This weekend we saw some fireworks from stars in both sports, and it proves, once again, what we all go through when trying to handicap to win at this game.
In spring I fell in love with Dullahan. Off a layoff he flew home, happy as a clam, on the turf at Gulfstream Park. He looked like he loved the green stuff, and I could not wait to watch him later on that surface. Fast forward to Saturday, where he was making a start on grass at Belmont. He didn't fly anything, but the coop. The horse had no fire whatsoever and looked like he'd rather be anywhere - on a tour of the Empire State Building, kicking back with a beer and a plate full of hay watching a football game, studying the Arc past performances, anywhere - other than where he was. Trainer Dale Romans reported today that he was spinning his wheels on the soft turf.
Maybe that's true. Maybe it was something else. But Dullahan certainly was not Dullahan. He's done this before, like in the Belmont where he was asked to run before the mile pole and he looked like he wanted to stop for a snow cone.
Yesterday at the Red Mile, Check Me Out - arguably the best filly we've seen since Snow White in 2007 - was in the first heat of the Kentucky Futurity. She was 1-9 and was sure to be a slam dunk. I noted on twitter that she looked a teeny bit off scoring down, but also said "she could race on three legs and win". She did race well, but she lost. She looked like she had no snap at the 3/8's pole, and could not run down the leader.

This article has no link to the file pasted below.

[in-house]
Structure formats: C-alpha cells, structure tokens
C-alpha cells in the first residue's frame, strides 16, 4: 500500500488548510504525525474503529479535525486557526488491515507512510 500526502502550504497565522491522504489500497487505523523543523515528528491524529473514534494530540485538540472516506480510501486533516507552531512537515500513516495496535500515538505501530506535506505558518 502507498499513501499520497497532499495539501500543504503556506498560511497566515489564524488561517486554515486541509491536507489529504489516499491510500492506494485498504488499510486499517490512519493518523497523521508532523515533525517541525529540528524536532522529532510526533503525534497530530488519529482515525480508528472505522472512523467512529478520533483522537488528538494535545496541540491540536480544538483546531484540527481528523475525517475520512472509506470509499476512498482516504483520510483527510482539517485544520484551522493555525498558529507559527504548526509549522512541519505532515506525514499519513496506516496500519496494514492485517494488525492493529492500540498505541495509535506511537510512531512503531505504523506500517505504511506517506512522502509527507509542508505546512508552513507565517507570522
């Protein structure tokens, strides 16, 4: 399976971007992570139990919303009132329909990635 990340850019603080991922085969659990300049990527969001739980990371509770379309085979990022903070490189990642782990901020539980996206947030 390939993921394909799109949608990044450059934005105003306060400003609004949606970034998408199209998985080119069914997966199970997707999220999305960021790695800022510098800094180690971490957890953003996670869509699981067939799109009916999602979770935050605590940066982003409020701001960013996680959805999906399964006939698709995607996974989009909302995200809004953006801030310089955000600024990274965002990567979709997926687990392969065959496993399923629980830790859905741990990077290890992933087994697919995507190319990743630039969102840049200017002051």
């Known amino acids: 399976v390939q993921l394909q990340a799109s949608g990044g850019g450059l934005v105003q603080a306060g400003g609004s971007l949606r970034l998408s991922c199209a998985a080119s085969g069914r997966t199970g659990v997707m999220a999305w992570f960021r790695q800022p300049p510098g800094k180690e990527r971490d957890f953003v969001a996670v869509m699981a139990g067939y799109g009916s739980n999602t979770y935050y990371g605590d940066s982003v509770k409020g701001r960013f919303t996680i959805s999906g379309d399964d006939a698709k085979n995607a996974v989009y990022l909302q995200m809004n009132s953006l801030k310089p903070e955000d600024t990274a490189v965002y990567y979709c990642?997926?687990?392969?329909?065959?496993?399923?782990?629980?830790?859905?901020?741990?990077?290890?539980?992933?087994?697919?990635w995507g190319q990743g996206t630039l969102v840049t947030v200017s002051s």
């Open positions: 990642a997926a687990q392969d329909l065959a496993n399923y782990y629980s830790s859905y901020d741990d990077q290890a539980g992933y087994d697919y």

Later on Maven also lost, this time at 1-5. Not coincidentally, she was in that slugfest with Check Me Out last weekend. That might have taken just a wee bit out of her. She, like Check Me Out, raced well, but not quite at her best.
All it takes with horse's is one small thing. A little tweak of a tendon or ankle, some bad racing luck, a bad surface, or simply having a bad day. It's why there is no such thing as a sure thing.
It's also why I hold horses like Black Caviar, Somebeachsomewhere and Zenyatta to such high esteem. To do what they did week in and week out or month in and month out, no matter what the competition, surface or where or what country or state the horse raced, is truly magical. Our four hooved friends are a finicky beast and only the very special, reserved for the Hall of Fame's in this sport, don't let the capricious get in their way.
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